South Carolina Governor Mark Sanford wipes his eyes as he speaks to the media about his trip to Buenos Aires, Argentina and admits to an extramarital affair at the State House in Columbia, South Carolina, June 24, 2009. Governor Sanford said on Wednesday he was resigning as Chairman of the Republican Governors' Association after admitting to having an affair and being unfaithful to his wife. "I've been unfaithful to my wife," he told a news conference in the South Carolina capital of Columbia after returning from a secret private trip to Argentina. REUTERS/Erik Campos/The State (UNITED STATES POLITICS IMAGE OF THE DAY TOP PICTURE) (Reuters)

Nutty as trail mix

4. The disappearing governor became a role model for how not to have your midlife crisis


Salon Staff
December 16, 2009 10:01PM (UTC)

No, Gov. Mark Sanford, R-S.C., doesn't make our Crazy List because of that press conference, the political apologia to end all apologias. Of course, it was great theater: the admission of an extramarital affair by a conservative politician who, while in Congress, voted for the impeachment of Bill Clinton because of the president's "reprehensible" relationship with Monica Lewinsky. The Faulkner-cum-Fellini spectacle of this Southern presidential aspirant, flailing wildly on national TV without a script about his Argentine tryst, as curiously jubilant-looking young women beam in the background. The endearing performance by a tearful man who blamed it on "that whole sparking thing."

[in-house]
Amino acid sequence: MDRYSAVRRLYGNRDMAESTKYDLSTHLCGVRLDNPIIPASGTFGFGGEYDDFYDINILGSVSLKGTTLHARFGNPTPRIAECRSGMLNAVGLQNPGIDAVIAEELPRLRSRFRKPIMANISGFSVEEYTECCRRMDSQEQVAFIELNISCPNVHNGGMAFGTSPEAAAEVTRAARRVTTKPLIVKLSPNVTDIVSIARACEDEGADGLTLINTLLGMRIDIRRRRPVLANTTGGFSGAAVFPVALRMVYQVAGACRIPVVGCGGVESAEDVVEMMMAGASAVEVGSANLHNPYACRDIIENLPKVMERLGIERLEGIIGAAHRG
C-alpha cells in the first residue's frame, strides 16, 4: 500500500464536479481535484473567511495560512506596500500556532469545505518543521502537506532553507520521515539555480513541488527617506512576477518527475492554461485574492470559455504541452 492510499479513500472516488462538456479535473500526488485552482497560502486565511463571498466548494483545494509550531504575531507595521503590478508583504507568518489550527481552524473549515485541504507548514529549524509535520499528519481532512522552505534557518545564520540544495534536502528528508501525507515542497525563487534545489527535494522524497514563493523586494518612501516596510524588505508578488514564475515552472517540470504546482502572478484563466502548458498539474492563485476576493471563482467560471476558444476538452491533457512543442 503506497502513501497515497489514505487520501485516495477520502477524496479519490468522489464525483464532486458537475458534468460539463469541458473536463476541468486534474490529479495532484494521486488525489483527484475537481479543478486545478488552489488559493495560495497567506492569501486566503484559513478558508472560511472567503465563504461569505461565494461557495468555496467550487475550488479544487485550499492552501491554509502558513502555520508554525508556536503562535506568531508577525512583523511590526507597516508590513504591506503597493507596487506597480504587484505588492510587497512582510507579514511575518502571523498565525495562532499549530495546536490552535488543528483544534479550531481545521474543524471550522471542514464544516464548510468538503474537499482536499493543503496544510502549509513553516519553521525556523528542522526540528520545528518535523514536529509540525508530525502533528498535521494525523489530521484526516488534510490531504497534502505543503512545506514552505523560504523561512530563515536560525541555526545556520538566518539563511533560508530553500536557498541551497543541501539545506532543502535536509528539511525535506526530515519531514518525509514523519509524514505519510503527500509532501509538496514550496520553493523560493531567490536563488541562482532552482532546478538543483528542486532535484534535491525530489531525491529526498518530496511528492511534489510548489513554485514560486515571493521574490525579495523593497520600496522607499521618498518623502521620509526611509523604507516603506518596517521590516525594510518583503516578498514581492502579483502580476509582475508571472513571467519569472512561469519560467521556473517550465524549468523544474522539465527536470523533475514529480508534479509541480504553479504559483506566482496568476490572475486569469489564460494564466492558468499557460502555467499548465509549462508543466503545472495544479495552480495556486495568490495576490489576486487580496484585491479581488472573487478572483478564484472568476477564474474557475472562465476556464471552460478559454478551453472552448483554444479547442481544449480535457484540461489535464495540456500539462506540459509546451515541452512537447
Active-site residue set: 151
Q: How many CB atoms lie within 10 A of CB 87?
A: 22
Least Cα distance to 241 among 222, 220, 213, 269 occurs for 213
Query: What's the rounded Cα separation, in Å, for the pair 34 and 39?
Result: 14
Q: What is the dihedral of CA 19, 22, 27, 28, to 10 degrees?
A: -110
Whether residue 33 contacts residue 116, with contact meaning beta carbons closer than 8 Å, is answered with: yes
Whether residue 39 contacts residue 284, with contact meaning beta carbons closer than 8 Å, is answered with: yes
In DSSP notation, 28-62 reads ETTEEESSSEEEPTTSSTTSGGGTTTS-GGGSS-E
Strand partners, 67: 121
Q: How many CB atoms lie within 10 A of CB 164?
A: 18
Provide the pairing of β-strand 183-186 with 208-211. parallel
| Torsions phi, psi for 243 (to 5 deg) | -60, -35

Look, we're suckers for love. The drama -- Sanford recklessly taking off to see his true love, causing a brief nationwide panic about his whereabouts, concocting a lame cover about being off the grid along the Appalachian trail before being caught at an airport by a reporter flying in from Buenos Aires -- was the stuff of Harlequin. Sanford made us recall Woody Allen's 17-year-old koan, "The heart wants what it wants." Our calloused hearts melted a tad more when his e-mails to his Argentine lover leaked to the press, in which he pleaded that "despite the best efforts of my head my heart cries out for you, your voice, your body, the touch of your lips, the touch of your finger tips and an even deeper connection to your soul."

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Had it just ended there. But Sanford continued to talk. And talk. "This was a whole lot more than a simple affair, this was a love story," he told the AP. "A forbidden one, a tragic one, but a love story at the end of the day." It was like reliving the worst part about teenage love -- listening to your self-involved friend yammer endlessly about a stupid crush. Was he 4 rilz?

Maybe not. Wife Jenny Sanford released a statement that the couple had agreed to a trial separation two weeks before the whole spectacle. She knew about the affair, and he had some tough decisions to make. Later, Sanford had to repay the state for his travel to Argentina. His trip began to seem less like hopeless infatuation than selfish acting-out. And it recalled an earlier, more important lapse in Sanford's judgment this year: his cynical attempt to reject federal stimulus funds owed his beleaguered state. South Carolina's corridor of shame be damned -- for Sanford, it was an opportunity to shimmy for the GOP's tea-party right, and lay an early claim to the 2012 presidential nomination. Luckily, it didn't work.

Sanford has seemingly ducked impeachment. But while his wife has filed for divorce,  the good people of South Carolina seem to be willing to stand by their man, to give him another shot. Romantic fools. They can't say they haven't been warned.


Salon Staff

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